Pubdate: Tue, 19 Feb 2013
Source: Seattle Times (WA)
Copyright: 2013 The Associated Press
Author: Rachel La Corte, Associated Press


OLYMPIA (AP) - A House committee held a public hearing Monday on a 
bill to tax medical-marijuana dispensaries, an effort to undermine 
any black market when the sale of state-taxed recreational marijuana 
starts at the end of this year.

The measure would hit dispensaries with a tax equal to 25 percent of 
their sales of cannabis and cannabis-infused products.

The bill's sponsors have said they're trying to avoid a dual market - 
one taxed, one not - as the state moves toward a regulated system for 
the fledgling marijuana industry created by Initiative 502.

Voters in November approved the initiative that allows adults over 21 
to have up to an ounce of pot.

The state is due to start issuing licenses to marijuana growers,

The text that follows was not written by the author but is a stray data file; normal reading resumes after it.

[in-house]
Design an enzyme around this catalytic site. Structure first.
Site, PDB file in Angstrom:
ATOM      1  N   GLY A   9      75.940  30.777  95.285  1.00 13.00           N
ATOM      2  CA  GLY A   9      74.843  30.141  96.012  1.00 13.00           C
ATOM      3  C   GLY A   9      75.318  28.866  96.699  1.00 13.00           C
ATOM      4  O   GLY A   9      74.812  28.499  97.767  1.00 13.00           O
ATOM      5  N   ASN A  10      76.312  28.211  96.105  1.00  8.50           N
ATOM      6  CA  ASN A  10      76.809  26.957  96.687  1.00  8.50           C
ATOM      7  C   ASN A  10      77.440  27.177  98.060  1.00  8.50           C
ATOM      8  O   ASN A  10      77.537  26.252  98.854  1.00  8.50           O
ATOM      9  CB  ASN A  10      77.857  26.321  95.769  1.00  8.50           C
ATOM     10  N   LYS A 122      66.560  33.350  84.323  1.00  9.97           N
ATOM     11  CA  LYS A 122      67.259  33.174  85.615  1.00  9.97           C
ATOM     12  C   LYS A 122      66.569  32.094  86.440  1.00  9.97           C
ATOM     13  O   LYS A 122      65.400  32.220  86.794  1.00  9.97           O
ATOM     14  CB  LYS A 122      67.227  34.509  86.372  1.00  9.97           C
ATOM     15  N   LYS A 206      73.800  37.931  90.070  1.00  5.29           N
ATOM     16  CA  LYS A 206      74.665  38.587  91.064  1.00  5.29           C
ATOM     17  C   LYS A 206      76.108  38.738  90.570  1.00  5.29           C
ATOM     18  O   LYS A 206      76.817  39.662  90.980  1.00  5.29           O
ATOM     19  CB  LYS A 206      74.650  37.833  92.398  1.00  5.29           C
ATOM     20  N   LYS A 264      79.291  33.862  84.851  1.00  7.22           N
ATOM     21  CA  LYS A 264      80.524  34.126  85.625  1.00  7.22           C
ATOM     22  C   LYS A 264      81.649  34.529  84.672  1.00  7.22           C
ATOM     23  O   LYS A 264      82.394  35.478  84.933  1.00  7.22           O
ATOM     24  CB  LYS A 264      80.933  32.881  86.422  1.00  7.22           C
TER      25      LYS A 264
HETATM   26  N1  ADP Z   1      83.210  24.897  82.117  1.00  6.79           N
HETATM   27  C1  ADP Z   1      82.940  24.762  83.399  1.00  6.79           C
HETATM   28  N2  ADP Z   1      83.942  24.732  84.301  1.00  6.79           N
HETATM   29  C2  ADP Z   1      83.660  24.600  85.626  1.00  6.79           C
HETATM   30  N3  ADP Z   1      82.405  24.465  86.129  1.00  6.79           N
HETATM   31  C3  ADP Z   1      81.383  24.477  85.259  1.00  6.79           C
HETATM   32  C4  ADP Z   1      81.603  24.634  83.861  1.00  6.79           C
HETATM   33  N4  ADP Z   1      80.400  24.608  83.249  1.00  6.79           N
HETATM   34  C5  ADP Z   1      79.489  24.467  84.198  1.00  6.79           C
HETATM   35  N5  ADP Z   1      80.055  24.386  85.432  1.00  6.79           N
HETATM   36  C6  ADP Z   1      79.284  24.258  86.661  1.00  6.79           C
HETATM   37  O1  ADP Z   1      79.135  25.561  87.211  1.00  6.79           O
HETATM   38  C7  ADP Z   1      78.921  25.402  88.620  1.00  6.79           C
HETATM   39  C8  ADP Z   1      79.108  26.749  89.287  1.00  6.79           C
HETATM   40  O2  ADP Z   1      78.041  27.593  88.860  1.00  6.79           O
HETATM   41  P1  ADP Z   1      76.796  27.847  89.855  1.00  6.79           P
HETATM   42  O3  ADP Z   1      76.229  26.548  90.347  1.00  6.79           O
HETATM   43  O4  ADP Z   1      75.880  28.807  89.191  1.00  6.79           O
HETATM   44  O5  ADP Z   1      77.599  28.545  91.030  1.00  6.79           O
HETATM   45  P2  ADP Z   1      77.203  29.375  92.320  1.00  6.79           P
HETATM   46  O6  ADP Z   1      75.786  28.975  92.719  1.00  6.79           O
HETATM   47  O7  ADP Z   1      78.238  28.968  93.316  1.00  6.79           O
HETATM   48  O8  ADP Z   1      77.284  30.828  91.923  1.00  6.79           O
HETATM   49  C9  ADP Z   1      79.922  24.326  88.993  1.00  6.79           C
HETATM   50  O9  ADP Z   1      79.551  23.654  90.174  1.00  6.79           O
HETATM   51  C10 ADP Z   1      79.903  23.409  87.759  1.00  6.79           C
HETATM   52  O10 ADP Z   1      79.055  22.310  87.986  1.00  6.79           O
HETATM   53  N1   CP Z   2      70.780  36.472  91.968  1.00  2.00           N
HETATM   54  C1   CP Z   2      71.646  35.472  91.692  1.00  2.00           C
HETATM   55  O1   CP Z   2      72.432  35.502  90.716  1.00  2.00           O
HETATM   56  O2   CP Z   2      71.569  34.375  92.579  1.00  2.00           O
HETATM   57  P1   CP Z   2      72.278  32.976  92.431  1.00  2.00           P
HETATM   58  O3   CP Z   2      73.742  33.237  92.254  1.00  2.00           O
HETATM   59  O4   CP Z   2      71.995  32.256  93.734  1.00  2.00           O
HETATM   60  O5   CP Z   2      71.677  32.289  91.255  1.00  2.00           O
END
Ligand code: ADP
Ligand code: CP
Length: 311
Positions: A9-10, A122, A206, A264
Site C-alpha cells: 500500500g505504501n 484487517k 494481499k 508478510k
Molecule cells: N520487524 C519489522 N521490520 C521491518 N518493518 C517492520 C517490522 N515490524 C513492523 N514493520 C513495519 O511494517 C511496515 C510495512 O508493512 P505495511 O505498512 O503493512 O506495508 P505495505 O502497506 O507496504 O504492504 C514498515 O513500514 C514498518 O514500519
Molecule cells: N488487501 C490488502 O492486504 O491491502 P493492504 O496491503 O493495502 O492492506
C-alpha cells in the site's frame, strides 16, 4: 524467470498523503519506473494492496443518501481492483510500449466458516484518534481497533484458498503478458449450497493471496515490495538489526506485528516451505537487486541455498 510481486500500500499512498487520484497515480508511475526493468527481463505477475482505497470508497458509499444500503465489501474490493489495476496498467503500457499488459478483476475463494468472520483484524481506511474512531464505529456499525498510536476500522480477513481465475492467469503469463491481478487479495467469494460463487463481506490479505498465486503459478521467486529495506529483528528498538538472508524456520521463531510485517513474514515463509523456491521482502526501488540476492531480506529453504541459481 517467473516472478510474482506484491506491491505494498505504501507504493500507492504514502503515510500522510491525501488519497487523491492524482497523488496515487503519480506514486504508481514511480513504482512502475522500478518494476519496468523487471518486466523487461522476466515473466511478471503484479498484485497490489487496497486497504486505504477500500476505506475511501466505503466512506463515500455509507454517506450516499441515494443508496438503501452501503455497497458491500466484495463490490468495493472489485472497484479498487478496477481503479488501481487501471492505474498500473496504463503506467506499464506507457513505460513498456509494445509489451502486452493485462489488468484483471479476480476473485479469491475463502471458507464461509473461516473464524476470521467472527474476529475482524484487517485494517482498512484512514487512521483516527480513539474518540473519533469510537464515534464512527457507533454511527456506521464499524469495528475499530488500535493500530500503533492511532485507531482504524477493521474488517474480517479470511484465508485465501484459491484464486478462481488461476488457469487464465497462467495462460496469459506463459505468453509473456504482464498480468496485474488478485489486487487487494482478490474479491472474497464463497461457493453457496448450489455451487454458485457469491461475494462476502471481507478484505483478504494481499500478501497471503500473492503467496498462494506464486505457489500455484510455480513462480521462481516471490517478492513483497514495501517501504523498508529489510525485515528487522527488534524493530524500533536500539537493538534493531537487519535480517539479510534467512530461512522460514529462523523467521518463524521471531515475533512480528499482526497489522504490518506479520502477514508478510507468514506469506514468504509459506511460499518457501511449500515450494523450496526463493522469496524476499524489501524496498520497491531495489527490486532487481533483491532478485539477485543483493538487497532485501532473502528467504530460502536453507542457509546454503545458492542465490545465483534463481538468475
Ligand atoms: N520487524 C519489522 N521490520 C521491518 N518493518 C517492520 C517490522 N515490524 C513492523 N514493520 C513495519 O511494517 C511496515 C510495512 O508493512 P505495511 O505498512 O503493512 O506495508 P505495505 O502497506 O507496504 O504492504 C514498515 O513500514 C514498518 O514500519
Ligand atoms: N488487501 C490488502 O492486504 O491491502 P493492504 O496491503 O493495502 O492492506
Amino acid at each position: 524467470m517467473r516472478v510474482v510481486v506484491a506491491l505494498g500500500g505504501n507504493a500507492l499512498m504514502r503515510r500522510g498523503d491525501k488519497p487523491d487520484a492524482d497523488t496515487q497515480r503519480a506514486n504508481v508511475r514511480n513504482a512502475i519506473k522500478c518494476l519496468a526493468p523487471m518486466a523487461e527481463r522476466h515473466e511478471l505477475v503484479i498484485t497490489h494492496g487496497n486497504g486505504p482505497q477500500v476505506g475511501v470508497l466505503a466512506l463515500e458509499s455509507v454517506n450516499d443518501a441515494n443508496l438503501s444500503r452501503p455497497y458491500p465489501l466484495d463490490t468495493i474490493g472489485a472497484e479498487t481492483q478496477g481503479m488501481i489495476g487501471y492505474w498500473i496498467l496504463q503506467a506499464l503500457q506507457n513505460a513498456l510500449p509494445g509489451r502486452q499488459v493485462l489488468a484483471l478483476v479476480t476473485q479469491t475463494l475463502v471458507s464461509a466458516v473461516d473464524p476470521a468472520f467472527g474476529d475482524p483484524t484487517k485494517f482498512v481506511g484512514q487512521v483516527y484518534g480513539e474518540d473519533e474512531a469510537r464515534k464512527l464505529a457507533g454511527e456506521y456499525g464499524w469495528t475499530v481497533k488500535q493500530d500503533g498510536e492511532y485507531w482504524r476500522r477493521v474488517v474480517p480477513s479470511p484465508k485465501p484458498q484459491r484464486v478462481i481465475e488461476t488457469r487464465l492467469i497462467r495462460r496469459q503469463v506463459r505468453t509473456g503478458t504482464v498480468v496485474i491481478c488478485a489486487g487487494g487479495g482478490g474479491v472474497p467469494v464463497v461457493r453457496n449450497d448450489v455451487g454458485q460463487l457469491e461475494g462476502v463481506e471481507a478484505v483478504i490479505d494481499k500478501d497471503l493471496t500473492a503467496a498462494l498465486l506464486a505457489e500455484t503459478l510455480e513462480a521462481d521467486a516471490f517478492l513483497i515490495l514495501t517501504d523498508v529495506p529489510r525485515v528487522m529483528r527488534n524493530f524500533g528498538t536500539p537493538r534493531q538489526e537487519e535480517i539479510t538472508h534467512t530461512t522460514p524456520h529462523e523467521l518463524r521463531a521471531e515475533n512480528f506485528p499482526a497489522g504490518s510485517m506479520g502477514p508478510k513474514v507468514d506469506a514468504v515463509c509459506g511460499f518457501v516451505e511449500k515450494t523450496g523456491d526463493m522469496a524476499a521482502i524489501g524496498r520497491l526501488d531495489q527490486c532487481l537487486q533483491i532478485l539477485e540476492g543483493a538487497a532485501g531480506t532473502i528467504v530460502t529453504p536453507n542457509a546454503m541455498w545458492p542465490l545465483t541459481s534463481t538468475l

processors and retail stores, with the marijuana taxed 25 percent at 
each stage.

The state Liquor Control Board is developing rules for the new 
industry, possibly including such measures as digital tracking of 
inventory to prevent diversion to the black market. Sales are to 
begin late this year.

The bill is one of several marijuana-related measures pending in Olympia.

One would allow people with a misdemeanor pot conviction to have 
their record cleared, and another would protect medicalmarijuana 
patients from arrest.

Medical-marijuana patients could still grow their own 15 plants or 
designate someone else to grow for them, and true community gardens 
of up to 45 plants and 10 patients would still be allowed.

Prescription medications aren't taxed in Washington, and those in the 
medical-marijuana community have argued that because medical 
marijuana requires a doctor's authorization, it should fall into that category.
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